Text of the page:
Help! My Dog Won’t Sit Still! SOLVED!

As a professional dog trainer for over 25 years, and having
worked for numerous veterinarians over the past 20 years, I have
heard a lot of tales (not tails 😉
) about a puppy or an adult dog that won’t sit still.

This is very common and no cause for panic or alarm!

This problem is actually fairly easily fixed with a few
lifestyle changes, training, time and the ability to understand
your puppy or adult dog and his needs.  Teach your dog what you
want!

Understanding

I seemingly say this in almost every article as of late. 
People just don’t recognize the needs of their puppies or
dogs.

Your dog and/or puppy is not human but still has distinct
requirements that are sometimes very similar to the needs of a
child.

People and dog owners either love or hate the fact that I often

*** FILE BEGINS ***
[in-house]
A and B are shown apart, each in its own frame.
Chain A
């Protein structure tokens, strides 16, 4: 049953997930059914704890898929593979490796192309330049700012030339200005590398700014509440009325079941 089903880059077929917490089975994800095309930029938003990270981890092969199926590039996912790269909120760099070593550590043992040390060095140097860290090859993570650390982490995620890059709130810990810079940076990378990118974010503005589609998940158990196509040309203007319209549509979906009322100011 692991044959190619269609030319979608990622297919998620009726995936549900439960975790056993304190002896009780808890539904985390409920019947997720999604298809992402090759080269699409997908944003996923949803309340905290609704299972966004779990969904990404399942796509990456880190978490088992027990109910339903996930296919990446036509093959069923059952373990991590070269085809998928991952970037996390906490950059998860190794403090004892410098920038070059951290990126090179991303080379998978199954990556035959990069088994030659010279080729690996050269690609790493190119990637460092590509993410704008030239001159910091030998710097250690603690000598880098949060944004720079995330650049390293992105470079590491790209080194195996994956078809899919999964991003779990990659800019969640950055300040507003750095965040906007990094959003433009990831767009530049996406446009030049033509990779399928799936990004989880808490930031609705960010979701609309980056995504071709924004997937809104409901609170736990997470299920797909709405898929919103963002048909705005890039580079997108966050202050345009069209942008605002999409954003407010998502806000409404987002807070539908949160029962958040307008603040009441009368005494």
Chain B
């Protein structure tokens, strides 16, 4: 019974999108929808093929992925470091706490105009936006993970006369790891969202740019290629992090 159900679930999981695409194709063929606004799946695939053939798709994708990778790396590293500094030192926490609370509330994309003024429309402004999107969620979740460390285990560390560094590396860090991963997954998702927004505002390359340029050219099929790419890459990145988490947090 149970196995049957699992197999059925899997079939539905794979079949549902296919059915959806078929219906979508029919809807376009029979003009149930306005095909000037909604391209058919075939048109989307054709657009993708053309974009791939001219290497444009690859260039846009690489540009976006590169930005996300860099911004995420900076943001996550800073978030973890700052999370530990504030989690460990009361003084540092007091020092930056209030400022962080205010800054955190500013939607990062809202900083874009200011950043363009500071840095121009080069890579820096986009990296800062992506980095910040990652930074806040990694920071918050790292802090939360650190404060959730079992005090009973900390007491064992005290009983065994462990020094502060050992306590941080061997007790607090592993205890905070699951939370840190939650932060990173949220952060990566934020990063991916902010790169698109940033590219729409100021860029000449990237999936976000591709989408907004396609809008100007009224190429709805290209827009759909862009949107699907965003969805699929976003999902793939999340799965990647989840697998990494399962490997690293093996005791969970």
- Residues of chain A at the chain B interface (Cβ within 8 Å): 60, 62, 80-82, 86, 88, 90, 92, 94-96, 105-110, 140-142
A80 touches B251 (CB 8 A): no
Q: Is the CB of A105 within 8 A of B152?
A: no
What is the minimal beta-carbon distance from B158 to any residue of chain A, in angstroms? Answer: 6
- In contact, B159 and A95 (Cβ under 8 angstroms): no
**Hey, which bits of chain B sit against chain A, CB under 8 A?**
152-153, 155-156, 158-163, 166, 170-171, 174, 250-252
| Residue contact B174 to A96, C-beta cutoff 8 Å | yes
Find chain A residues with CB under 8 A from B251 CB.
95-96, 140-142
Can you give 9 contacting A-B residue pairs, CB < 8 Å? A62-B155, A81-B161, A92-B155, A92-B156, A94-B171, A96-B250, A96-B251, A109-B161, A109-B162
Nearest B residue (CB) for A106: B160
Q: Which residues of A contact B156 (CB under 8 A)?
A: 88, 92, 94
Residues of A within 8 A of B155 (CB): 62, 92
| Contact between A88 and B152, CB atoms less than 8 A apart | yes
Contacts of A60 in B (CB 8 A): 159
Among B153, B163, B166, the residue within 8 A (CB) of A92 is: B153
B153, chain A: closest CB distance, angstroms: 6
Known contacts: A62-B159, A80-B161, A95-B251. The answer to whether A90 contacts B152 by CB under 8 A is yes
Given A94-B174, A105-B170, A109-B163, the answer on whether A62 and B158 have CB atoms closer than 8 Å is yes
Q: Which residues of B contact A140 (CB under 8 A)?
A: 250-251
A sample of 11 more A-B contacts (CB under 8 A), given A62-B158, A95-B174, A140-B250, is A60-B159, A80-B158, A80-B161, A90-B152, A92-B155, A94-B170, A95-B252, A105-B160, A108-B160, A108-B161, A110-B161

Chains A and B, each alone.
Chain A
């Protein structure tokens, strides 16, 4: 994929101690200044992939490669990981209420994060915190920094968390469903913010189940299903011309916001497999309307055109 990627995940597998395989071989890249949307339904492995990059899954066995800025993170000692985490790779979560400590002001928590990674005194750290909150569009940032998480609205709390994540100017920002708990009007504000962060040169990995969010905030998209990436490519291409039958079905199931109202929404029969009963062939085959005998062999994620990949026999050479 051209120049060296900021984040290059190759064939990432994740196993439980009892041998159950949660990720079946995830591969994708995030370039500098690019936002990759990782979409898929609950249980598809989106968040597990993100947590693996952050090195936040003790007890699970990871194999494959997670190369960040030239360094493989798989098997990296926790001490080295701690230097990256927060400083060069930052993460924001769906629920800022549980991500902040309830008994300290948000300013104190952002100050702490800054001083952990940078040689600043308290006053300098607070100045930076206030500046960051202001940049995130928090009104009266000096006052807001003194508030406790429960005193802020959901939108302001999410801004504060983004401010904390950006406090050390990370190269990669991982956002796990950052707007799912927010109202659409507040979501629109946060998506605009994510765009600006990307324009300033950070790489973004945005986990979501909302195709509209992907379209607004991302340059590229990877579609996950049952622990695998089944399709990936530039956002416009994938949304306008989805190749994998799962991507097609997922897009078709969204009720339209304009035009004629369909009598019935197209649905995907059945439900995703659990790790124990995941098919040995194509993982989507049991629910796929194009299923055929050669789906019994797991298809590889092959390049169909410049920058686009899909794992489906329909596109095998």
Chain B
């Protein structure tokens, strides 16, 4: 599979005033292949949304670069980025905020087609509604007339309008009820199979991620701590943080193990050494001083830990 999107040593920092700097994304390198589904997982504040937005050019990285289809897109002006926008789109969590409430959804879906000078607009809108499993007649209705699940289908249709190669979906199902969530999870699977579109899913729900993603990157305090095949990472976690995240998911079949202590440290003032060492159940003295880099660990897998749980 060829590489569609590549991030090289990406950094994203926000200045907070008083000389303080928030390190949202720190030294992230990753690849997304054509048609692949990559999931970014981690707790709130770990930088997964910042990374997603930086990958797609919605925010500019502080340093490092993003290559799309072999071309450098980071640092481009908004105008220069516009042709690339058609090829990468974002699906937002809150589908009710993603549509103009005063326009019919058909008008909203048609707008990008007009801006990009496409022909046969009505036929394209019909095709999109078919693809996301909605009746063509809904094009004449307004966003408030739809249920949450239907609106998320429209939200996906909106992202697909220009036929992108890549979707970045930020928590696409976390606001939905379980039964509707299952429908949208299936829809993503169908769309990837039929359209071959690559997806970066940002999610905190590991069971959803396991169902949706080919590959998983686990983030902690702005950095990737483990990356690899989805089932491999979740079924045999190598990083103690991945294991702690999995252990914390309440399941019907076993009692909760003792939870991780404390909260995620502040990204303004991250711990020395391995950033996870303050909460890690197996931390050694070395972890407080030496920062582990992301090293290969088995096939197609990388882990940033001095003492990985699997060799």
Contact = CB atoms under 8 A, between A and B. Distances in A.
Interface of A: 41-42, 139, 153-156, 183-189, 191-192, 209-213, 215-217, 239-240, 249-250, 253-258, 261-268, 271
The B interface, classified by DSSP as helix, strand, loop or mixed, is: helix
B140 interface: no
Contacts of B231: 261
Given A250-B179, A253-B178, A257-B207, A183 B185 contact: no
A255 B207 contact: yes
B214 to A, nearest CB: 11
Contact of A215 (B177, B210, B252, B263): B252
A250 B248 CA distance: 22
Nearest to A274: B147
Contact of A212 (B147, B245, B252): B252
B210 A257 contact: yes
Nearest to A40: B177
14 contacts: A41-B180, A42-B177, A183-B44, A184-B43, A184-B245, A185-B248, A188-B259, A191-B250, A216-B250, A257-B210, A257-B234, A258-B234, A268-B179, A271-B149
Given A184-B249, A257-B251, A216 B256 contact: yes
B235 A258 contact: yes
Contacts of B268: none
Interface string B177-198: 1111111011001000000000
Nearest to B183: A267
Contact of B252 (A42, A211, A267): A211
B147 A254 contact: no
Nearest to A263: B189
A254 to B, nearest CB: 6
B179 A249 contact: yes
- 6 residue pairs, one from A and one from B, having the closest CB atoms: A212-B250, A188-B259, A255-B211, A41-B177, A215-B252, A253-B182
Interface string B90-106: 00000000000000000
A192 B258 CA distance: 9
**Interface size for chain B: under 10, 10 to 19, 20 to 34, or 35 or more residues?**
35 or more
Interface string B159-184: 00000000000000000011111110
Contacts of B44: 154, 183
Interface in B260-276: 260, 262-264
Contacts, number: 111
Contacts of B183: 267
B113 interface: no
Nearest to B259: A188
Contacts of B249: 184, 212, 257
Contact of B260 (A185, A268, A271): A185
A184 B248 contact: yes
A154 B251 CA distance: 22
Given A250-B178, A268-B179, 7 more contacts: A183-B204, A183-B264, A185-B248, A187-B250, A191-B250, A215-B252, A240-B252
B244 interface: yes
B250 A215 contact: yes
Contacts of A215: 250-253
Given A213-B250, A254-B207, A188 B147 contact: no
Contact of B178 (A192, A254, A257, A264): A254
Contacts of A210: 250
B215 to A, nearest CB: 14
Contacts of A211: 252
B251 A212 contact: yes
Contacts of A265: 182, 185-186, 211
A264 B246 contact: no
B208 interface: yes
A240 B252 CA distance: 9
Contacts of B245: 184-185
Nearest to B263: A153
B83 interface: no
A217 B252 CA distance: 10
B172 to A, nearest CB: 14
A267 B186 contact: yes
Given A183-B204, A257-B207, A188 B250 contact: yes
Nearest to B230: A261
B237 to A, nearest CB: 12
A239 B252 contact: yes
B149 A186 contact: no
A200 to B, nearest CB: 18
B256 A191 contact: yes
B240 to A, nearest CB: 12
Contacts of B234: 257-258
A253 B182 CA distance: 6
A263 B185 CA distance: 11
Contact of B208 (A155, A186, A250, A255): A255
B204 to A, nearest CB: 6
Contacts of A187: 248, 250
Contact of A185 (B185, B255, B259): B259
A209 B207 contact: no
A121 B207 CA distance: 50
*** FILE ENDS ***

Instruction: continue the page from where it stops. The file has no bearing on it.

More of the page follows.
make analogies between dogs and children.  Sure, dogs are
different but some of the parallels are very similar and much
easier for parents to understand when likenesses are drawn between
the two.

How often does your puppy get exercise or a walk?

How often does your child or toddler get exercise, a walk, or a
trip to the park?

How often does your puppy get training, attention, and mental
stimulation?

How often does your child or toddler get your time and attention
while you teach them something new or expose them to a new
experience or environment or play with them?

Would you expect your toddler to sit still for hours on end
without mental stimulation, exercise or play?

Why then do we expect our dogs and puppies to sit still without
putting in the effort to play with them and help them?

We spend time with our children teaching them and playing with
them when they are young, because we know it is detrimental to